Although it has vitamin in its name, vitamin D should really be thought of as a hormone due to its many important actions in the body. Vitamin D is well known as a strengthener of bones, but it also plays a role in brain, heart, and lung health. However, perhaps the most important role of vitamin D is its effect on the immune system. With regard to cancer treatment, vitamin D has been shown to enhance cancer cell death (known as apoptosis) and also decrease the growth of blood vessels which feed tumors (a process known a angiogenesis). Sadly, very few oncologists check vitamin D levels on their patients.

As with most lab values, simply attaining a “normal” level of vitamin D is not enough. One study showed a 70% increased risk of tumor formation when the serum vitamin D level was less than 60 ng/mL. Thus, my goal is to get the blood level to at least 60 ng/mL, and ideally in the 80s or 90s. I rarely see new patients in my office who have vitamin D levels above 60.

Many people believe that they can get enough vitamin D if they spend time outside and/or drink a glass of milk every now and then. While that might be enough to prevent rickets, it is hardly enough if you are interested in optimizing your immune system and fighting cancer. You need a high quality vitamin D supplement in order to achieve the necessary level. Please don’t resort to mass market stores or random internet retailers when purchasing a vitamin D supplements. Look for physician grade vitamin D, in the correct form (vitamin D3) with vitamin K2 included to enhance absorption.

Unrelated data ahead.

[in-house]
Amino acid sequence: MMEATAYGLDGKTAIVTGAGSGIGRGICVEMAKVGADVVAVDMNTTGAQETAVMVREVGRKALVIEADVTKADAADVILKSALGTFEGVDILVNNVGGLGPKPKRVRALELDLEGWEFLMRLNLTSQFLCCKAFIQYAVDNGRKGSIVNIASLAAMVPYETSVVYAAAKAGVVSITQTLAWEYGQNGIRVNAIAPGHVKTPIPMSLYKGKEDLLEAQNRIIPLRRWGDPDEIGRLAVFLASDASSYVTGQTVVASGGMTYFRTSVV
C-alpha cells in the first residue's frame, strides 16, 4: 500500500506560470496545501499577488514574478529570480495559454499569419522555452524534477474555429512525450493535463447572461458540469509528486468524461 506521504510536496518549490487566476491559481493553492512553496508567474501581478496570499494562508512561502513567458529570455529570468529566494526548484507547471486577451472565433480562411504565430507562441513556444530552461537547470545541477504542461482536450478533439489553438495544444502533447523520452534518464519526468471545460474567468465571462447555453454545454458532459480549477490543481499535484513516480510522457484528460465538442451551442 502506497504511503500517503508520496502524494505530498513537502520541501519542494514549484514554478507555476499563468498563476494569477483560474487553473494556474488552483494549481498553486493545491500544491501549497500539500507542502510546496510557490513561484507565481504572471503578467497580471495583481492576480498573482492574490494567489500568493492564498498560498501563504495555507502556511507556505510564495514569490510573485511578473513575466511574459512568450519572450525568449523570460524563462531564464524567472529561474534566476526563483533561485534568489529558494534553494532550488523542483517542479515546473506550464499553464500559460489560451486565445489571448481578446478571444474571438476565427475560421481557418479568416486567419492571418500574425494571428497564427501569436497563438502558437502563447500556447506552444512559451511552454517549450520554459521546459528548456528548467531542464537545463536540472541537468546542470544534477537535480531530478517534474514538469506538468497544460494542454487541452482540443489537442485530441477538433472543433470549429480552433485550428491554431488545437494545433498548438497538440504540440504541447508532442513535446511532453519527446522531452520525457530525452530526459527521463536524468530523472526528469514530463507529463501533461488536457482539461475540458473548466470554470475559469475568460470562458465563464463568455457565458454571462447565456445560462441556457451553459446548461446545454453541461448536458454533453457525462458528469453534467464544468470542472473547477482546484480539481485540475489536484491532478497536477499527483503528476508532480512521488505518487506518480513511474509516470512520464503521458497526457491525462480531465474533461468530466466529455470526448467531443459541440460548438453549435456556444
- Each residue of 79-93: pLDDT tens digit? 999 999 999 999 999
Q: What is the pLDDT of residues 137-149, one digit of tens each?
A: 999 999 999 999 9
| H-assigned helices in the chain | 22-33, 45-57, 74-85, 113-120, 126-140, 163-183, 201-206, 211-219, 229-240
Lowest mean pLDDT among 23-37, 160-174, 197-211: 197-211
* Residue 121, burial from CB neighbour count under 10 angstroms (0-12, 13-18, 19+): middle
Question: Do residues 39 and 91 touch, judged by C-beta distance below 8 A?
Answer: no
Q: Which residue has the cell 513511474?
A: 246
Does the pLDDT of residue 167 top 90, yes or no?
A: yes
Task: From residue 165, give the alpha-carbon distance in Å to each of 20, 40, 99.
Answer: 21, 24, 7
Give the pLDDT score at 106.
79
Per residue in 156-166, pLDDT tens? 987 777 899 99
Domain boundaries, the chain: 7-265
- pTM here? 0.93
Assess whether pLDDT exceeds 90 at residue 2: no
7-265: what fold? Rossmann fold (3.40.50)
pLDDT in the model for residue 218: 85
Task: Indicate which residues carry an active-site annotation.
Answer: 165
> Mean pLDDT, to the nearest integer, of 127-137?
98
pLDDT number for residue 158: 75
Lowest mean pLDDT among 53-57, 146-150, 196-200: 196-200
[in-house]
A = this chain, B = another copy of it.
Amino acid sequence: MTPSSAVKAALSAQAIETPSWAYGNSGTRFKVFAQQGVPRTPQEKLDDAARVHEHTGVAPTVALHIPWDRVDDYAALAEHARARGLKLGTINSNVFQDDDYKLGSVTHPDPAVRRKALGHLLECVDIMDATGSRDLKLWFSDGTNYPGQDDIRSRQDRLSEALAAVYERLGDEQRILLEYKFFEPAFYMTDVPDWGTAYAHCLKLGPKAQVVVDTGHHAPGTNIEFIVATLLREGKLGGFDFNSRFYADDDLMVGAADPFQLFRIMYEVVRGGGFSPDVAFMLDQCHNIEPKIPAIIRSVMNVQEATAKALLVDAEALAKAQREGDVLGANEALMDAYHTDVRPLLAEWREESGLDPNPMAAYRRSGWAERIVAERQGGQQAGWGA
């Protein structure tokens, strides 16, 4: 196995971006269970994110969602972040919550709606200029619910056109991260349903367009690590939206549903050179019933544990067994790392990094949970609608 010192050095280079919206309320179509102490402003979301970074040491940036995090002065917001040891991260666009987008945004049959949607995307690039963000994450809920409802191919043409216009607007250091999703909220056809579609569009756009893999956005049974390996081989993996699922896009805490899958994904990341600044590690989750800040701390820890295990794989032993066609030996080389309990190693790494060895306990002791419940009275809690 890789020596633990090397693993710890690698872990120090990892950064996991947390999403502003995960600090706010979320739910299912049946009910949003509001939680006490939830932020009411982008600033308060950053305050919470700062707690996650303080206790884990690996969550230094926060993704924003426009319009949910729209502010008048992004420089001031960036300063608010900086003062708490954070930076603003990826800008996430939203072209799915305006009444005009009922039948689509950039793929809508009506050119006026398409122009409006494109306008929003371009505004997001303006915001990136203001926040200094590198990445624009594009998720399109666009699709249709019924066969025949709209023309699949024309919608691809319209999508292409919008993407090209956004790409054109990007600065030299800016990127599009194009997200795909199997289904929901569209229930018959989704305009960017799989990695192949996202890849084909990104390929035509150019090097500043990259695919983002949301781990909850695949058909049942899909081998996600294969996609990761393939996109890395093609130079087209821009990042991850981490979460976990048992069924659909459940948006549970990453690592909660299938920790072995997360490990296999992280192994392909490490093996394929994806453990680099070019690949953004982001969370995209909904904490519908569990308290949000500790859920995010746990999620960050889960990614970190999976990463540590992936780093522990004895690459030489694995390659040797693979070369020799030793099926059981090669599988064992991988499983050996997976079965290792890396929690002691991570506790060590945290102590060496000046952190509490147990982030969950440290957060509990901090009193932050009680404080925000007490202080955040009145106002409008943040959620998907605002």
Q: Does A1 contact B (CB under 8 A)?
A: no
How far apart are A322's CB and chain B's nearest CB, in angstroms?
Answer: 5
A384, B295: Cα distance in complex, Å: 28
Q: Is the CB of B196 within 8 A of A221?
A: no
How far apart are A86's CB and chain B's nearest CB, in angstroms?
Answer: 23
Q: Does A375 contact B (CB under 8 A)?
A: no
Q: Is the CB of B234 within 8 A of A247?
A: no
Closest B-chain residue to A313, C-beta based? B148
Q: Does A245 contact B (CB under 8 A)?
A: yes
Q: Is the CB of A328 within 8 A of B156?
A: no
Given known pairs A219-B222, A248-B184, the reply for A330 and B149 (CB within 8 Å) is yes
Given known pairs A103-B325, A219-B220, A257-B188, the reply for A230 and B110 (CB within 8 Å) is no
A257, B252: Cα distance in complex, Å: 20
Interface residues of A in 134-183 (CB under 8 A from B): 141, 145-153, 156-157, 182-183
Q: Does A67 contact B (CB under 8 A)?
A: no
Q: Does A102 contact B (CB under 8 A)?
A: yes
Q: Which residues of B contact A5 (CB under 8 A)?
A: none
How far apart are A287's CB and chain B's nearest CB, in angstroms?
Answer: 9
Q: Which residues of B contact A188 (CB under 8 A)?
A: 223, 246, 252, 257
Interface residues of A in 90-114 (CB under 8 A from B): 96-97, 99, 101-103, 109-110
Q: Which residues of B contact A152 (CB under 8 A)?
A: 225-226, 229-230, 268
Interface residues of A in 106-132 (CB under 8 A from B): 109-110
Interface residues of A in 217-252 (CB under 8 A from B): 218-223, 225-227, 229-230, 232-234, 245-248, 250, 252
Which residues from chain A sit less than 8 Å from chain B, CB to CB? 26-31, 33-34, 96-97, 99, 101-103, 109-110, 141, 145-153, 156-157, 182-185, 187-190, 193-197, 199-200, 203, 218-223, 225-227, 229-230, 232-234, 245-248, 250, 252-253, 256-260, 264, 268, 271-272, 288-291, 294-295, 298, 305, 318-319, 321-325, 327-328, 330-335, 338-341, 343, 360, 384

I make vitamin D supplementation a key focus in my treatment protocols, because vitamin D and cancer should always go together. So whether you are trying to do everything possible to enhance your health or are having to prioritize for some reason, I believe that vitamin D should be included.